by Kabbas Azhar, ’18
A hand-picked 36 member constitutional drafting committee, headed by conservative law academic Bavornask Uwanno with known military sympathies, was recently appointed by the military junta in control of Thailand’s government. The committee is expected to draw up a proposal within four months, which will then be forwarded to the National Reform Council, upon whose approval the charter will become Thailand’s 20th constitution.
“My hope is that the new constitution will put a stop to past divisions and that the public will be as involved in its drafting as possible,” said General Prayuth Chan-ocha, junta-leader and former Prime Minister.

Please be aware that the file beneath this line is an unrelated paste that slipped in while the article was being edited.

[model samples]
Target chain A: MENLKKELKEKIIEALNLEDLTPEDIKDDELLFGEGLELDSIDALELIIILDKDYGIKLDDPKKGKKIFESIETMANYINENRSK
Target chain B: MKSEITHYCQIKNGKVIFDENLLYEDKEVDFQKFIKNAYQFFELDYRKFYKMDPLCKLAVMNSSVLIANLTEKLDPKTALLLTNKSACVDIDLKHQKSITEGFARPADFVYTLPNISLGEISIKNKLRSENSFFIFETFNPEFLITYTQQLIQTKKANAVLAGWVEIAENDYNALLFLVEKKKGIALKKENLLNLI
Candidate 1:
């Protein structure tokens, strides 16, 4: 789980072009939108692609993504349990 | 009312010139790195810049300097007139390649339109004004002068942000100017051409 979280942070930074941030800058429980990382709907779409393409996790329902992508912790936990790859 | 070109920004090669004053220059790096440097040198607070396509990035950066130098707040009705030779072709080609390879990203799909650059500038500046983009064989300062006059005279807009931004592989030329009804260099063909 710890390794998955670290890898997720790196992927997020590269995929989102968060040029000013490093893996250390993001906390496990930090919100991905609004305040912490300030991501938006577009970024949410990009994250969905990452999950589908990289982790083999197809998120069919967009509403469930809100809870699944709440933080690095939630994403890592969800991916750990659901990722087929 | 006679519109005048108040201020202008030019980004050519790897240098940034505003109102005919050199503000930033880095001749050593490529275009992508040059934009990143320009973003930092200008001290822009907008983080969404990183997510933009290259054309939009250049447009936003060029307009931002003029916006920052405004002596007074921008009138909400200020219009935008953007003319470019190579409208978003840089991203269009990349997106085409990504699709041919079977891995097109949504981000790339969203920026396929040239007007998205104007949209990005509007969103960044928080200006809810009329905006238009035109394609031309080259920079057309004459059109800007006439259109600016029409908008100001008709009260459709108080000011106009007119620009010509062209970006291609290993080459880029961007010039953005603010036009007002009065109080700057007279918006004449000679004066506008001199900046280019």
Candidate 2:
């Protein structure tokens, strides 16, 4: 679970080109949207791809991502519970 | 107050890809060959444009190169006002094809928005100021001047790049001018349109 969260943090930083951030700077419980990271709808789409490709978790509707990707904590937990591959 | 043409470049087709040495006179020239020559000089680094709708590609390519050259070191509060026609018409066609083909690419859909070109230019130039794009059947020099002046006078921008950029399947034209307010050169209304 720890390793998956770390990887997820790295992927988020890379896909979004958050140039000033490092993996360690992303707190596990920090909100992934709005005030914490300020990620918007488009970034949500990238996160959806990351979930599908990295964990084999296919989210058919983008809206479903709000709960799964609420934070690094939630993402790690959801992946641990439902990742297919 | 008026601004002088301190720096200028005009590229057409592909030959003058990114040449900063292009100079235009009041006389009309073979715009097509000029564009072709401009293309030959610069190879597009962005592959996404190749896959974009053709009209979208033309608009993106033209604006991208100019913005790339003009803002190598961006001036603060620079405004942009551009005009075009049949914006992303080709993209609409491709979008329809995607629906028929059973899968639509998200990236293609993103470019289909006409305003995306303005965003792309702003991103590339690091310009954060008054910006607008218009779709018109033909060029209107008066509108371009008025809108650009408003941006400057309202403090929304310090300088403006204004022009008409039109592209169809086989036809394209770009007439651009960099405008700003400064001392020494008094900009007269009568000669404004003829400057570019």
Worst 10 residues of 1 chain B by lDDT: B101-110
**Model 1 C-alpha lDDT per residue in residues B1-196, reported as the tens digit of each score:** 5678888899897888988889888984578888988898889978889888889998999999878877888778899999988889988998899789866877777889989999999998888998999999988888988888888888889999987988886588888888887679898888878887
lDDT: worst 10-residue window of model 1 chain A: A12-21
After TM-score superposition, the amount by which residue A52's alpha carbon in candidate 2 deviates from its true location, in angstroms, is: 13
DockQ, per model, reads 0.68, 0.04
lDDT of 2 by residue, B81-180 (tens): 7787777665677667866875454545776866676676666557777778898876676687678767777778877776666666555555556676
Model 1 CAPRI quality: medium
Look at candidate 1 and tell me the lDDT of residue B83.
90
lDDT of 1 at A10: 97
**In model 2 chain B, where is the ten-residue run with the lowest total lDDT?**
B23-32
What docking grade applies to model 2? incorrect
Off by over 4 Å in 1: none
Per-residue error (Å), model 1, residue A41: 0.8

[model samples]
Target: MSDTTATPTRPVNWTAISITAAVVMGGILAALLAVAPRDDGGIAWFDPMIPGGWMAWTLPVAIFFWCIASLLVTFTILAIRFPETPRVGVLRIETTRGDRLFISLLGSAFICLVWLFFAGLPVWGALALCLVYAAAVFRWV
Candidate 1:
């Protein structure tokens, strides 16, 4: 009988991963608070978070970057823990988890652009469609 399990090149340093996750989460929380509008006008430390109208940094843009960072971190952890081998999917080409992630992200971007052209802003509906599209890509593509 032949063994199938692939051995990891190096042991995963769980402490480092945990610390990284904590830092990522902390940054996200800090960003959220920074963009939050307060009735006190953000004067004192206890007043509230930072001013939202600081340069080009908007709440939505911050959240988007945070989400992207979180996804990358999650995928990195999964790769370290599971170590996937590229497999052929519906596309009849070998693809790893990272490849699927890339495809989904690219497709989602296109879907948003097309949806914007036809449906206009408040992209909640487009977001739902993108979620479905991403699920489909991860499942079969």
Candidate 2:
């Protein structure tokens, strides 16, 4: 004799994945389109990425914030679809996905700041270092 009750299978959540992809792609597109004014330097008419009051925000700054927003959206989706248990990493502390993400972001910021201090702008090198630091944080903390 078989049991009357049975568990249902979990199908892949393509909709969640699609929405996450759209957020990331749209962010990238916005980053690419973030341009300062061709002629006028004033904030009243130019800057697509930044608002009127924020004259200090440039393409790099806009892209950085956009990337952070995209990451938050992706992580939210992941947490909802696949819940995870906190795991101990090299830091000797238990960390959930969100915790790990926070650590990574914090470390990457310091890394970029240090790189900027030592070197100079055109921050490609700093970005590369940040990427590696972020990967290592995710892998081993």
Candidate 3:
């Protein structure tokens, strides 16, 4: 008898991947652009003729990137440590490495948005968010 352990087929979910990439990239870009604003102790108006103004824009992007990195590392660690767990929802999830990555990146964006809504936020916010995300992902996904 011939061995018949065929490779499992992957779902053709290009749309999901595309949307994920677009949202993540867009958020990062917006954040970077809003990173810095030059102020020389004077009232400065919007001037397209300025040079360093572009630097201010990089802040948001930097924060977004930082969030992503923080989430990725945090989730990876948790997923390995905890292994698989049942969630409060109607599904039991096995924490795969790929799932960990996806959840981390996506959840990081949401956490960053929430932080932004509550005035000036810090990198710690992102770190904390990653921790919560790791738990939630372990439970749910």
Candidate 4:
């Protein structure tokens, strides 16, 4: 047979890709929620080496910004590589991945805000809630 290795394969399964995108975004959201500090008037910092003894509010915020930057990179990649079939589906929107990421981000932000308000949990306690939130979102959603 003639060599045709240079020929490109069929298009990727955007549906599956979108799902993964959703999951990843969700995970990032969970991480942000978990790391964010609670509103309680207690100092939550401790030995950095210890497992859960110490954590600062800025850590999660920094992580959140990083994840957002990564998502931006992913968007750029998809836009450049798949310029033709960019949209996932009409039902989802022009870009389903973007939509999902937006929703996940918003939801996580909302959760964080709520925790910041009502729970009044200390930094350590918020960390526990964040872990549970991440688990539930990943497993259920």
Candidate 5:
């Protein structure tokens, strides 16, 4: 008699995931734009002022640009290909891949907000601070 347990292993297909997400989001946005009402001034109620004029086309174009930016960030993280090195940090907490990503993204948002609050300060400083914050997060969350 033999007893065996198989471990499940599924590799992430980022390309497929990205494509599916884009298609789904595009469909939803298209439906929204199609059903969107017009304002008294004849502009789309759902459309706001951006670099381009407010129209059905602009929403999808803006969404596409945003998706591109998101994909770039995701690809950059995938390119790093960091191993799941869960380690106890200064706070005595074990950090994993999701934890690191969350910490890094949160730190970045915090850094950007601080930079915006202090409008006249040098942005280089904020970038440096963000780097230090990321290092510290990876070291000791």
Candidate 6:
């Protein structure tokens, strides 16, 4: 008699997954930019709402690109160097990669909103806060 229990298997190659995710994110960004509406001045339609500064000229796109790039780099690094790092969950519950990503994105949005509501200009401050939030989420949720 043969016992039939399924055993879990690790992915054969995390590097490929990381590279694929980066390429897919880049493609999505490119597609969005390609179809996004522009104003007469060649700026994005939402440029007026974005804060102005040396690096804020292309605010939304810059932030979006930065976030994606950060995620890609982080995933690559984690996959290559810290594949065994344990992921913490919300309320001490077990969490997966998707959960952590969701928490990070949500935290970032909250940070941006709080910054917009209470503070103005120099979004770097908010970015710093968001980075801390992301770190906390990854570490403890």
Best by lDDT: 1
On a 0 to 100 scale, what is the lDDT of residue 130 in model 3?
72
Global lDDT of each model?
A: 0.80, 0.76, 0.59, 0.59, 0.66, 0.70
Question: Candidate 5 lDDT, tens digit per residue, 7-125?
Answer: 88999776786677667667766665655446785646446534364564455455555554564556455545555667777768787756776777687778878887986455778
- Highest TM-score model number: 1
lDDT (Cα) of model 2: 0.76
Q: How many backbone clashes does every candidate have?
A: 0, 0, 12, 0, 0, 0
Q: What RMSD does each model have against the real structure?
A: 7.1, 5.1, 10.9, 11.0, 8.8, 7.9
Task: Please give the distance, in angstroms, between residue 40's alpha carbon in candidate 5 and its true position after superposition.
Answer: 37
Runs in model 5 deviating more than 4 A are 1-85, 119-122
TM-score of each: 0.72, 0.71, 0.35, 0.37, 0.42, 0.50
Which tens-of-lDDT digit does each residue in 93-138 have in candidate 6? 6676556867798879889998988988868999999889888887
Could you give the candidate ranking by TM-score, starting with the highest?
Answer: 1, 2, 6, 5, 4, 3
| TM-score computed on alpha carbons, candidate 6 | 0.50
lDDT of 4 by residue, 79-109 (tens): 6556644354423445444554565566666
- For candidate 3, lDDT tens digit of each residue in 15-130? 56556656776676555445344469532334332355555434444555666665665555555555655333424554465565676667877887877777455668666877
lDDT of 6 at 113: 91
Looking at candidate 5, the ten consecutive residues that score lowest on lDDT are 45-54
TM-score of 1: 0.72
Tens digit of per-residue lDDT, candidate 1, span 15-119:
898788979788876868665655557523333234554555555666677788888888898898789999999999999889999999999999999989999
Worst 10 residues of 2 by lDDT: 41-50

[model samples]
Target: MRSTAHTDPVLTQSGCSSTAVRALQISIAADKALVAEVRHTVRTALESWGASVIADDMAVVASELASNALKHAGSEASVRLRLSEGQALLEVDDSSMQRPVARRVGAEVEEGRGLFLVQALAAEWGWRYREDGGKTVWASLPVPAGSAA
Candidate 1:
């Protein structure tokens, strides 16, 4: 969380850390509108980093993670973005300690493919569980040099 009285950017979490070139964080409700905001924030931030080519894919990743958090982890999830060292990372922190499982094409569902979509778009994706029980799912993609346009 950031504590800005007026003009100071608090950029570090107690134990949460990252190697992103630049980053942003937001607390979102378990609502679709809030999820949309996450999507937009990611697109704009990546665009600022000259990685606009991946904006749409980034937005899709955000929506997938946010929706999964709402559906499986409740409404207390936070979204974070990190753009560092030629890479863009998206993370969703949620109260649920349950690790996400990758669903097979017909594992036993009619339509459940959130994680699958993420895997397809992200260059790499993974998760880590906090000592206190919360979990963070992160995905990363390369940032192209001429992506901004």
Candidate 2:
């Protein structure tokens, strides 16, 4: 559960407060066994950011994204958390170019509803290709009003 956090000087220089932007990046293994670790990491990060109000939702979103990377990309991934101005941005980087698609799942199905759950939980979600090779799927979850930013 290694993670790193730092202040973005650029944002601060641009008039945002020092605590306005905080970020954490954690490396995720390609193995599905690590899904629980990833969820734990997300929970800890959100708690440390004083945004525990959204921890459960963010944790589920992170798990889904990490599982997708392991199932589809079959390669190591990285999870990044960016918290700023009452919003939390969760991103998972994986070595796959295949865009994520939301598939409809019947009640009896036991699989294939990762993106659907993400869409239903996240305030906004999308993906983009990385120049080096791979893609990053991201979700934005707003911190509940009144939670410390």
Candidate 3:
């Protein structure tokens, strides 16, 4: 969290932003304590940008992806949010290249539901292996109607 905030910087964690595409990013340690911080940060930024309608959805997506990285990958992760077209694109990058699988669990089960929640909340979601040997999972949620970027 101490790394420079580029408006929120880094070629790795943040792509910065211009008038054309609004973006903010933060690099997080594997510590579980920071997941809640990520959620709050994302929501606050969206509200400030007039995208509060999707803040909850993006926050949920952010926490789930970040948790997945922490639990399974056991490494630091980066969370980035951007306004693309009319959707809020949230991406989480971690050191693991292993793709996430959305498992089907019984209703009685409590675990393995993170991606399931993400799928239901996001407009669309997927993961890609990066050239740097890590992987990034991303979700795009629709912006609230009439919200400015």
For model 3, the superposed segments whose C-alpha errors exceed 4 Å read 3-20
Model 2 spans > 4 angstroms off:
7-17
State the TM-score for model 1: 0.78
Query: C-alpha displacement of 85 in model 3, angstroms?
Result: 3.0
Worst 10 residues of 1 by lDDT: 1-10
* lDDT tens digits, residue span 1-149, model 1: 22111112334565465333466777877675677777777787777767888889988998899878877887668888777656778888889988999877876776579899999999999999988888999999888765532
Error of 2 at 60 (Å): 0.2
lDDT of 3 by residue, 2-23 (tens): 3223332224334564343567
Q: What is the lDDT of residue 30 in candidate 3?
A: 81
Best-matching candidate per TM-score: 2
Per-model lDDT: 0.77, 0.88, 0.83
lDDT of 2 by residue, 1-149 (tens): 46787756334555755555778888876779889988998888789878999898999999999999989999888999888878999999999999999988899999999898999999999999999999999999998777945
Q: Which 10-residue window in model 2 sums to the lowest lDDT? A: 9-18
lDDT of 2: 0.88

According to Kan Yuenyong, political analyst at the Siam Intelligence Unit, “The committee will likely include a clause that prevents those who were banned from politics in the past from running in future elections.
Earlier this year on May 22nd 2014, after 6 months of political unrest, General Prayuth Chan-ocha declared martial law, citing the Martial Law Act of 1914 that provides armed forces with “superior power” during times of crises. Two days later, he declared a coup d’état.
Thailand has seen tremendous political unrest since 1932, when it first became a constitutional monarchy. Having undergone about a dozen successful coups, political has proven to be fleeting. The last coup that occurred was in 2006, where the new constitution that was established was widely seen as restrictive compared to prior constitutions. The new constitution is expected to clamp down even more on rights.